• No studies have been done on the impact of blower use on the spread of pesticide residues.  However, there is a widespread use of pesticides in California, and the use of pesticides on home lawns is heavier than comparable area use in agriculture.
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  • The medical literature shows that airborne particulate matter affect[s] lung function, and that chronic exposure to air pollutants can impair lung function permanently.
  • Road dust contains lead at highly toxic levels and up to 20 known allergens.  In residential areas, road dust contributed 5-12% of the allergens in the air. Blowers often redistribute this road dust, especially when used in or near gutters and on streets.
  • The use of multiple gas-powered leaf blowers on residential properties is increasing.  One home can have up to eight exposure incidents near their residence in a singe day.  Other reports indicate leaf-blowing use on three neighboring properties at least five days per week. 

I’ve been battling our gardening service for almost a year and will continue to keep my landlord in the loop– he is working with me on the issue. What can you do? The best advice I can give you would be to keep at it. The gardening companies work for us and are employed by us, so we have a say on how they tend to our yards. I’ve found some useful resources and links, including downloadable flyers, from the ZAP.org web site. I’ve included the ZAP.org action list and links below:

  1. Educate and Instruct Your Gardener
  2. Educate Yourself
  3. Educate the Public
  4. Educate the Press
  5. Educate Your Legislator
  6. Speak Out and Report Violations
  7. See the Presentation Materials Index for dowloadable material.

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Hindsvik Plywood Room

  1. Plywood Flooring and Bed Tutorial. I really love the simplicity of the headboard and side tables.
  2. Homemade soft pretzel recipe.
  3. Inkjet refills. I just had my inkjet cartridges refilled at Costco. Brilliant service that only costs $7.99!
  4. Eco nail polish. Sheswai lacquer is FREE of formaldehyde, toluene, and dbp’s, making it less toxic. 
And the caps are made from sustainably harvested wood, grown on family owned tree farms.
  5. Use Seafood WATCH for ocean-friendly seafood recommendations.

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Jolis Paons Phonebook Dress and Terraniums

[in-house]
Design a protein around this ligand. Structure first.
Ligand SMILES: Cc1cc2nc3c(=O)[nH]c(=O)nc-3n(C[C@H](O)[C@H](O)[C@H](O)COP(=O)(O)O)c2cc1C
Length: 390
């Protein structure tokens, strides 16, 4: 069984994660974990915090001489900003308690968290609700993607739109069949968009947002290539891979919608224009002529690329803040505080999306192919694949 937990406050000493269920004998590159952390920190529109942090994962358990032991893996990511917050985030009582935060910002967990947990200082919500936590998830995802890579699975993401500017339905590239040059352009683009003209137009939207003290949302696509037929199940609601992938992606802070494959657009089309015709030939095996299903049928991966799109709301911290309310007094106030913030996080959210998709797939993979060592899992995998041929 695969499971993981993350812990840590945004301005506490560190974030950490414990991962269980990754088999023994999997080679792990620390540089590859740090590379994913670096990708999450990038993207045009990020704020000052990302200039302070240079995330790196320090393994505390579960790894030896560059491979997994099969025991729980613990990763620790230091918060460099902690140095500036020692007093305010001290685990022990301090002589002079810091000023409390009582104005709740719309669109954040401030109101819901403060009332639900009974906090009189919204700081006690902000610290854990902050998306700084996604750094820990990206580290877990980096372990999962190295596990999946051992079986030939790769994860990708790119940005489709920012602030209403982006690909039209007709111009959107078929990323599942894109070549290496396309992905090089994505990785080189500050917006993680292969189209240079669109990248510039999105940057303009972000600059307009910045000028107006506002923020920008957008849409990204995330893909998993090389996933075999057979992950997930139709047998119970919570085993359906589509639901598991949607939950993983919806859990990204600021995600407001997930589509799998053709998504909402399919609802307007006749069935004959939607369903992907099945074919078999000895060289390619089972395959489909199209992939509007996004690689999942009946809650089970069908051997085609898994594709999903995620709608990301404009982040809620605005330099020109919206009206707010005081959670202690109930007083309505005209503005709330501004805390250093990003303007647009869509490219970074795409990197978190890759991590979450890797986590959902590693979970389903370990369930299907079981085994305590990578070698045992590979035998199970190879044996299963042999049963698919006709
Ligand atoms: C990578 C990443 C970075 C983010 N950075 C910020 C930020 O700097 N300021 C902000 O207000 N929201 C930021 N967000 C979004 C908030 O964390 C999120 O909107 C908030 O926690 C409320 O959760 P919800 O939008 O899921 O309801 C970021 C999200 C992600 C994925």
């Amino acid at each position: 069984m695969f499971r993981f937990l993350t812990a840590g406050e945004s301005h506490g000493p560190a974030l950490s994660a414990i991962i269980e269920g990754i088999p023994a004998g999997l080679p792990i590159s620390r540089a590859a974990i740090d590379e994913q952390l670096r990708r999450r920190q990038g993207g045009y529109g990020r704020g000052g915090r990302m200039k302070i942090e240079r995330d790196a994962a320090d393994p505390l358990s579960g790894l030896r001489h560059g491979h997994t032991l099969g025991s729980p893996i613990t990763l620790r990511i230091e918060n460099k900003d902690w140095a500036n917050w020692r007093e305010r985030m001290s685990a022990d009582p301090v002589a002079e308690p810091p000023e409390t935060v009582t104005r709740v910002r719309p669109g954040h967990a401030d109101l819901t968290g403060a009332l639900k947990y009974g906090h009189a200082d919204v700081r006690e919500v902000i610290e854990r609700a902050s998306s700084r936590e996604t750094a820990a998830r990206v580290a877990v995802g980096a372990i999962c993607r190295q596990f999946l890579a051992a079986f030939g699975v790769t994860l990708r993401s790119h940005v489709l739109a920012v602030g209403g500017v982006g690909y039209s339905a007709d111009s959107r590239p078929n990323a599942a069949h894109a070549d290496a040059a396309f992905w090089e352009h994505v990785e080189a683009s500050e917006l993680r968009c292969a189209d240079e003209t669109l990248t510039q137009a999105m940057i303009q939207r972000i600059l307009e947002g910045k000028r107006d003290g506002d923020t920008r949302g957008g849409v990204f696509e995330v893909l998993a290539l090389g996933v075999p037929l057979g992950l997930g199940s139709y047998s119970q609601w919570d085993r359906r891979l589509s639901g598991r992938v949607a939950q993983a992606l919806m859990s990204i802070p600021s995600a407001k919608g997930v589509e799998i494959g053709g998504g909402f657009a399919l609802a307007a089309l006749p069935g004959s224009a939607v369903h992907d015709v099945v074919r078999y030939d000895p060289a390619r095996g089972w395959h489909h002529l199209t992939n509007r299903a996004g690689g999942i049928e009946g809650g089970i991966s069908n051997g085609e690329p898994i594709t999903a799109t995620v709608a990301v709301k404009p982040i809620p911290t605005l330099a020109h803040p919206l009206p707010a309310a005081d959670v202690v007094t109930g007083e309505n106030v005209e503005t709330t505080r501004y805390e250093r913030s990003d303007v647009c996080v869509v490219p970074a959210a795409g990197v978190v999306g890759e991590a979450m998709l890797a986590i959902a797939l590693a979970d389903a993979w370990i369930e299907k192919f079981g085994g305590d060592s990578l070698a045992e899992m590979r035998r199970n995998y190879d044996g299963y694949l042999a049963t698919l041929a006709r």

1. Phonebook dress: Jolis Paons created this paper dress out of  phonebook paper! Pleated, sewn, and glued by hand.
  2. Video: Jamie Oliver talks about food, kids and the all-American diet on TED.
  3. Mint.com: Start the new year right by managing your money the free way.
  4. Uniform Project: Started in May 2009, The Uniform Project pledges to wear one dress for one year as an exercise in sustainable fashion. There are 7 identical dresses, one for each day of the week. Every day she reinvents the dress with layers and accessories, the majority of which are vintage, hand-made, or hand-me-downs. The project is a fundraiser for the Akanksha Foundation, a grassroots movement that is revolutionizing education in India.
  5. Video:

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goodbye Marco

Marco Love

On Saturday, we had to put our dearest family member, and beloved cat Marco to sleep. It was a horribly sad and difficult decision. Unfortunately, his 21-year old body couldn’t keep up with his tenacious heart and spirit. Although I thought that I had prepared myself for the tragic day, it seemed to happen so fast and now my home and heart feels such a huge loss; a hole where his life used to be. There’s a certain part of my kitchen, where his bed and food bowl sat, that I have a hard time even being near.

I miss him more than words can express. Marco was such a huge part of my life and a big part of my husband’s life; he wasn’t even a cat person until he met Marco. *sniff* It’s been so hard. I feel such grief, sorrow, guilt– wondering if we did the right thing at the right time?– mostly I miss Marco like crazy. We love you, Marco. And… miss you so much.

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Preserve Tableware

One of my all-time favorite companies, Preserve, has released plastic tableware that you can use for years and years. Nothing chaps my hide more than plastic, one-time use dishware. Erg….! Basically, this is plastic tableware that you can use everyday or use in place of disposable dishes.

The firm design and shape of the products are ultra durable and made of 100% recycled #5, BPA and melamine free plastic. Available at Target, Whole Foods, and also online at the Preserve web site. They have both an “everyday” line perfect for use at home, school or work– heavyweight so you can reuse forever (or return to Preserve and they will recycle it for you). Or the “on the go” set for parties, picnics, camping and anywhere else you would have used disposables– sturdy enough to reuse hundreds of times and dishwasher safe.